Posted by: Jeremy Fox | August 11, 2011

The ESA meeting should have public lectures (UPDATED)

Sarcozona asks why the ESA meeting doesn’t include free lectures aimed at the general public. That’s a great question; I think it’s really weird that the ESA doesn’t do this. The Canadian ecology & evolution meeting included such a lecture back in May (in the evening, when more members of the public can attend), and it was a great success.

UPDATE: Via their Twitter feed, the ESA responds that the meeting already includes a public lecture, namely the opening plenary. I respectfully disagree that the opening plenary fills the niche I have in mind. First of all, although I didn’t attend the opening plenary this year, in my previous experience the opening plenary is not attended by a significant number of people who aren’t attending the meeting. Perhaps that could be changed with more, or more effective, publicity or a change of venue, perhaps not. And because few members of the public attend, the speakers at the opening plenary typically pitch their presentations towards their fellow professionals. Second, the time is wrong–the opening plenary is held at dinner time (5-6:30), it needs to be held after dinner if we’re serious about attracting members of the public. Finally, the topic of the opening plenary is usually something worthy and earnest, related to the worthy and earnest official theme for the meeting (“earth stewardship” this year). Worthy is not the same thing as “fun” or “engaging”. If you want people to make a special trip downtown, you have to make it an event they want to see.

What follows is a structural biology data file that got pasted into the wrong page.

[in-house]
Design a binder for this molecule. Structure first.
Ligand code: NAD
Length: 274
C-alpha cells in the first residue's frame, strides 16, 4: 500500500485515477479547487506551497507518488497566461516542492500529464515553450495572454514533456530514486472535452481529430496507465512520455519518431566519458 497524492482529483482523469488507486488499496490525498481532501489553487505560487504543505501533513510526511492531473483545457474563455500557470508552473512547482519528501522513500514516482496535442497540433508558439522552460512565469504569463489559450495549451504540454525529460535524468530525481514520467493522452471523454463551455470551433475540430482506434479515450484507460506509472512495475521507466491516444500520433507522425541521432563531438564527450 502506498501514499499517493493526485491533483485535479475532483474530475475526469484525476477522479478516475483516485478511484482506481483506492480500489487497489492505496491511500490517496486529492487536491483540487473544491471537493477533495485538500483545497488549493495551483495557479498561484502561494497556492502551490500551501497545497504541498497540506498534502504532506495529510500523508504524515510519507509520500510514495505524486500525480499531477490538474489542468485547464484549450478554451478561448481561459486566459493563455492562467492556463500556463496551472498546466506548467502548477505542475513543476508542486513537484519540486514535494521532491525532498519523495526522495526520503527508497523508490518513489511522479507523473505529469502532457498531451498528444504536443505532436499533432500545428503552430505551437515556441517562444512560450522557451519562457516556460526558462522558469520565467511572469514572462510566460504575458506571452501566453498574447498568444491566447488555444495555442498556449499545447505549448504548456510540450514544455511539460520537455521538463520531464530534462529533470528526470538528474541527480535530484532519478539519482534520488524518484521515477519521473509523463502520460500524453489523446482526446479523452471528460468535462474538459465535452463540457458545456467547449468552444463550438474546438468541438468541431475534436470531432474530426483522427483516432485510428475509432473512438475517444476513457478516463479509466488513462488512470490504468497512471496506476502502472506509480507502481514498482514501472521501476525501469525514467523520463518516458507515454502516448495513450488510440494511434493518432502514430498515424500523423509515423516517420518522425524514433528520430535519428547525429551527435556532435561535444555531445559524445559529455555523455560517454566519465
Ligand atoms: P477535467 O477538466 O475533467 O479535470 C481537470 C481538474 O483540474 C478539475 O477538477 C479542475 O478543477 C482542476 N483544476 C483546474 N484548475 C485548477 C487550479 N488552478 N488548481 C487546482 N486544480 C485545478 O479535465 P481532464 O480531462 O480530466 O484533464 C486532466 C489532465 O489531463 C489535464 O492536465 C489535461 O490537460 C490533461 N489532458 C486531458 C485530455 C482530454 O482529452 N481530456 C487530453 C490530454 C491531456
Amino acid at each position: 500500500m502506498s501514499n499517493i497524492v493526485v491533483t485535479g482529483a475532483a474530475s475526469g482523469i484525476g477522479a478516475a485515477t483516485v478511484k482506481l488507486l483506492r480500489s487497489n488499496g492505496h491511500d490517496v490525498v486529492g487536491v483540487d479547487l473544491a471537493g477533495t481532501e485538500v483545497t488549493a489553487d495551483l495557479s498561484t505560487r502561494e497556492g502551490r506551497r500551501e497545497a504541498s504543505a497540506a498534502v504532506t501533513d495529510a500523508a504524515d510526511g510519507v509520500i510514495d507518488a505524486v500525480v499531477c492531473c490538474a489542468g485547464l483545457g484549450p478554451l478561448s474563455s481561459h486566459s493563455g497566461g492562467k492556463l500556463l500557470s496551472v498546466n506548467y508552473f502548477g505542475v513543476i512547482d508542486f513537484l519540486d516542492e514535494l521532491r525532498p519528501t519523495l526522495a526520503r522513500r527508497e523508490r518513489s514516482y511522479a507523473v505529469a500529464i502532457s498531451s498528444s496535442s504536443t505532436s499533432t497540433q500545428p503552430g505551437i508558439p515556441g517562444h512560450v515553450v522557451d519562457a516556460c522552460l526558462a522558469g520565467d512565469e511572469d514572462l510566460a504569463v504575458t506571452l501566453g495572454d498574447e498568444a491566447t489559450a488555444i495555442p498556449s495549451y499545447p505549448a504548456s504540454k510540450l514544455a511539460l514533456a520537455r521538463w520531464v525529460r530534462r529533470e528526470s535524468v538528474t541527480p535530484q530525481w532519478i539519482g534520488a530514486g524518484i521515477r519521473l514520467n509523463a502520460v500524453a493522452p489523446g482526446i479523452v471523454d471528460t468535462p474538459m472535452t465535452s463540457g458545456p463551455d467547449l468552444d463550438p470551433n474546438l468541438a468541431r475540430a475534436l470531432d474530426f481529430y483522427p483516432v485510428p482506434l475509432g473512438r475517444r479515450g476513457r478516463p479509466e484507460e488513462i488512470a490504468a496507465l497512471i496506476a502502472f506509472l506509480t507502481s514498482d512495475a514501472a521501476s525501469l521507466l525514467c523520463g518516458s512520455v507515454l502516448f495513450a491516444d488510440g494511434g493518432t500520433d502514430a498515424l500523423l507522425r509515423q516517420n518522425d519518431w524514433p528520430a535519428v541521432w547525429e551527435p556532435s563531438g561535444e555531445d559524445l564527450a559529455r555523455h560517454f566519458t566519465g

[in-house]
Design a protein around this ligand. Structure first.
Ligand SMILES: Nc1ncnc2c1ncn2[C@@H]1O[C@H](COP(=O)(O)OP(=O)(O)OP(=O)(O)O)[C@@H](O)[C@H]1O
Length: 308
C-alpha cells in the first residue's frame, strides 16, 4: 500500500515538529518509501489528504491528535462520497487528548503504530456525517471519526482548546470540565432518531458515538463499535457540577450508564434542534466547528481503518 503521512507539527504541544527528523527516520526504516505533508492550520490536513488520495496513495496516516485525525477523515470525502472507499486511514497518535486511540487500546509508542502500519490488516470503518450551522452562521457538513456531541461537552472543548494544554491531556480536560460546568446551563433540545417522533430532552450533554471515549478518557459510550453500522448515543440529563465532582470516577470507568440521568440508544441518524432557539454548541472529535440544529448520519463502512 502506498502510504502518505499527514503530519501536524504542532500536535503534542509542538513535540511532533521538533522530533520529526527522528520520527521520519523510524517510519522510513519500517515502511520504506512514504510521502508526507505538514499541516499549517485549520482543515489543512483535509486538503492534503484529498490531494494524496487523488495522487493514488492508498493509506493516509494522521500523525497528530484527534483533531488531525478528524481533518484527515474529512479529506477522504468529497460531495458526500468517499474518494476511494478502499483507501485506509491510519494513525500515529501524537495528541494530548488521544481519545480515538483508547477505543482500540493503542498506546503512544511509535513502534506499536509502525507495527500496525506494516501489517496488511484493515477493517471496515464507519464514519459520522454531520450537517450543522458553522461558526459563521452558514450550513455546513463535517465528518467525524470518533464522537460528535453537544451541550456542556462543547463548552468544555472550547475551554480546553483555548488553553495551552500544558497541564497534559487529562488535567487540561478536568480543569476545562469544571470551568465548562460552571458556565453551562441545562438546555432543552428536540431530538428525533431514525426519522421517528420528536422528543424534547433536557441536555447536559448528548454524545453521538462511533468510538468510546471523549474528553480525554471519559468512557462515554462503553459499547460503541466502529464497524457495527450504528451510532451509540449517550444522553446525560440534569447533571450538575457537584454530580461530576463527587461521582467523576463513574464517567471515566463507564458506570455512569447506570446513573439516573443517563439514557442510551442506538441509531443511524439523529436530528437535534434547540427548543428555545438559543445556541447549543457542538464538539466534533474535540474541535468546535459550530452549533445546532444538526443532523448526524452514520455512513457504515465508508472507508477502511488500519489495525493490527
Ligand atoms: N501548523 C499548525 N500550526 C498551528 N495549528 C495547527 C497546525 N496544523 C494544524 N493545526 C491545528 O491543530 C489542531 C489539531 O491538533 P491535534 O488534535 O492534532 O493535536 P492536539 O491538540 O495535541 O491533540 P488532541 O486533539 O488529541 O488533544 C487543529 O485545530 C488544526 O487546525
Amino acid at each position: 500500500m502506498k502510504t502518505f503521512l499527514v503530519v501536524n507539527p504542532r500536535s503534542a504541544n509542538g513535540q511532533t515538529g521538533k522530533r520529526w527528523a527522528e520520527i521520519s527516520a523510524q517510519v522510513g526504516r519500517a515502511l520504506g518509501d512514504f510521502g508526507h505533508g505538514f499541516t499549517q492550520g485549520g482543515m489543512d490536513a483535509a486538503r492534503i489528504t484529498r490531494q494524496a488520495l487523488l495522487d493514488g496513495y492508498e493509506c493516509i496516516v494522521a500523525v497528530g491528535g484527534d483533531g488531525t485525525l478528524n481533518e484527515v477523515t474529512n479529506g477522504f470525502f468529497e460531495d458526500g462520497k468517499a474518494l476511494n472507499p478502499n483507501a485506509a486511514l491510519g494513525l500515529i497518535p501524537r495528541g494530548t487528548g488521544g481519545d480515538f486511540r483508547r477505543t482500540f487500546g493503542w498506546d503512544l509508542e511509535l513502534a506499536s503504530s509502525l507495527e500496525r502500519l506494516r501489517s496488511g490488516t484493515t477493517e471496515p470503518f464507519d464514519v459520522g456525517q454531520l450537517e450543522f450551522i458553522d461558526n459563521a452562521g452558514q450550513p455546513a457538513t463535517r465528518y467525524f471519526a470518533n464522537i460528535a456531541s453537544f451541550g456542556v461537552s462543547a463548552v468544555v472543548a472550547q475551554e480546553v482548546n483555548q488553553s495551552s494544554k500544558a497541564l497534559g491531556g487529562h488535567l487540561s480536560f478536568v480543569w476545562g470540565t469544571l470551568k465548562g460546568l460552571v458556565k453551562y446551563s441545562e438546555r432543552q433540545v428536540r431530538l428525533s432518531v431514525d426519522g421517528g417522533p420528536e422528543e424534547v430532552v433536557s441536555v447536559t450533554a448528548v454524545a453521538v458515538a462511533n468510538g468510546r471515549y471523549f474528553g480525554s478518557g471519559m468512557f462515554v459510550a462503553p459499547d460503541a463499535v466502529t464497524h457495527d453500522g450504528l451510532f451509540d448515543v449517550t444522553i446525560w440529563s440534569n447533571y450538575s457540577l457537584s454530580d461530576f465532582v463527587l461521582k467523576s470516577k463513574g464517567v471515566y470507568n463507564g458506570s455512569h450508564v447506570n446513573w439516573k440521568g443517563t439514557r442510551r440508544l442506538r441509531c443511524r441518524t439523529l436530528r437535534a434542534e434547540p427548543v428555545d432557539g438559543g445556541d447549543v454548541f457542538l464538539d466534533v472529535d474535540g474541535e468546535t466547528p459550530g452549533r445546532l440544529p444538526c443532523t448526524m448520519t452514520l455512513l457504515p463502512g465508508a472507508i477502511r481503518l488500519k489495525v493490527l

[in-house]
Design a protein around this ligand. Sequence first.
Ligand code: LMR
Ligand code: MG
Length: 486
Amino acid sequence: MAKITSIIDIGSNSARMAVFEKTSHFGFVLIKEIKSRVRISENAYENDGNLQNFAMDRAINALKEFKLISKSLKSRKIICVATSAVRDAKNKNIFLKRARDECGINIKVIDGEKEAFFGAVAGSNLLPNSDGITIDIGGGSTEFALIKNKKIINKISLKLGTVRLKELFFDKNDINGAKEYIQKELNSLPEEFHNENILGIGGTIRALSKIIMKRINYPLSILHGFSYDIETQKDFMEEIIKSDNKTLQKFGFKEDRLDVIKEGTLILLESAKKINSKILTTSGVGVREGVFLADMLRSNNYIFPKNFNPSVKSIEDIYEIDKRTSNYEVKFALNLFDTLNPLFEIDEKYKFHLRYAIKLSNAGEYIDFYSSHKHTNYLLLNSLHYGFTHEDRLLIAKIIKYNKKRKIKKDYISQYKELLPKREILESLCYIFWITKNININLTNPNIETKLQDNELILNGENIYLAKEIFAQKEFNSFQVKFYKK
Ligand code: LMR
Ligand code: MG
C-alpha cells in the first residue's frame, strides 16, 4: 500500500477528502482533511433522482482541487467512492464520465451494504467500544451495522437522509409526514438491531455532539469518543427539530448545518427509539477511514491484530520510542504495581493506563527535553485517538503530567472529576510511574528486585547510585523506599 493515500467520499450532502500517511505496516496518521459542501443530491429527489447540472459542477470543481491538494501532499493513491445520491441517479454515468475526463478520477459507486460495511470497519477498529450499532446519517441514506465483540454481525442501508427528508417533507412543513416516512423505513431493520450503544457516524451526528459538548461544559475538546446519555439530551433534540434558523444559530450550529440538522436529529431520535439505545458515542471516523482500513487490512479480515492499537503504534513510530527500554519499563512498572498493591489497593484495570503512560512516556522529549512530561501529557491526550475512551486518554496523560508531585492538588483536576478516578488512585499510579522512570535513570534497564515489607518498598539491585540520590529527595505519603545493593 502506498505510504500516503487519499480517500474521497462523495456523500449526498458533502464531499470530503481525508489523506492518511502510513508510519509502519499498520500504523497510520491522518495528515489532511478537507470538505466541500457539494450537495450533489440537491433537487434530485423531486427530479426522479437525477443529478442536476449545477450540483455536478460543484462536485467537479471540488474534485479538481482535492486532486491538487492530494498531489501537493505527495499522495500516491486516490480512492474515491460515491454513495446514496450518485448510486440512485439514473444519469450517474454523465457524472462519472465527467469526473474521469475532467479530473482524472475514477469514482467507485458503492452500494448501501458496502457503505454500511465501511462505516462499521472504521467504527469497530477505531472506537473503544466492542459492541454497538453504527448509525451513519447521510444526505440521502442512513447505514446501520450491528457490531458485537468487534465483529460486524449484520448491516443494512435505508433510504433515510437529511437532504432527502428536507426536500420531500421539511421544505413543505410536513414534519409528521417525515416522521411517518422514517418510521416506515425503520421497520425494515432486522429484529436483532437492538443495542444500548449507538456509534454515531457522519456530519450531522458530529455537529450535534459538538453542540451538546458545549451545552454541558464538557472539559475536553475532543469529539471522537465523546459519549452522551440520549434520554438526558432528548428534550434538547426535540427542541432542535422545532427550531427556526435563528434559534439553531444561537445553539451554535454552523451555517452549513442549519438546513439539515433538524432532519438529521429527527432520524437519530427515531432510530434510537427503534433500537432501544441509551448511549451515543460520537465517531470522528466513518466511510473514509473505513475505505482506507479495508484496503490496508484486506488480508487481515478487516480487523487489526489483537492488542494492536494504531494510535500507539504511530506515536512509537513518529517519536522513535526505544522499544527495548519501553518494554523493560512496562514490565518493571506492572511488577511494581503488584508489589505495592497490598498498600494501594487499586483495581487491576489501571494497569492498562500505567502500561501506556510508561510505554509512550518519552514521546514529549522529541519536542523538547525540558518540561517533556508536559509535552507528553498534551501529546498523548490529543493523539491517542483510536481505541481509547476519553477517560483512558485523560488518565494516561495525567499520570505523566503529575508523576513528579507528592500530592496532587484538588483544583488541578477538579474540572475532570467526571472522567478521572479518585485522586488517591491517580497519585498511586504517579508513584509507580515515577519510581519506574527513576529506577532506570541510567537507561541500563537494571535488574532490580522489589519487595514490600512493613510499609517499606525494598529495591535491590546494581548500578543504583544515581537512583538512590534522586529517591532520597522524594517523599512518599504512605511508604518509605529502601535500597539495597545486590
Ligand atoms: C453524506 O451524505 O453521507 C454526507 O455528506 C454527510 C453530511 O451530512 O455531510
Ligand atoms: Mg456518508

By the way, I’m speaking from personal experience here, having organized a series of very successful free lectures for the general public relating to Darwin’s 200th birthday back in 2008.

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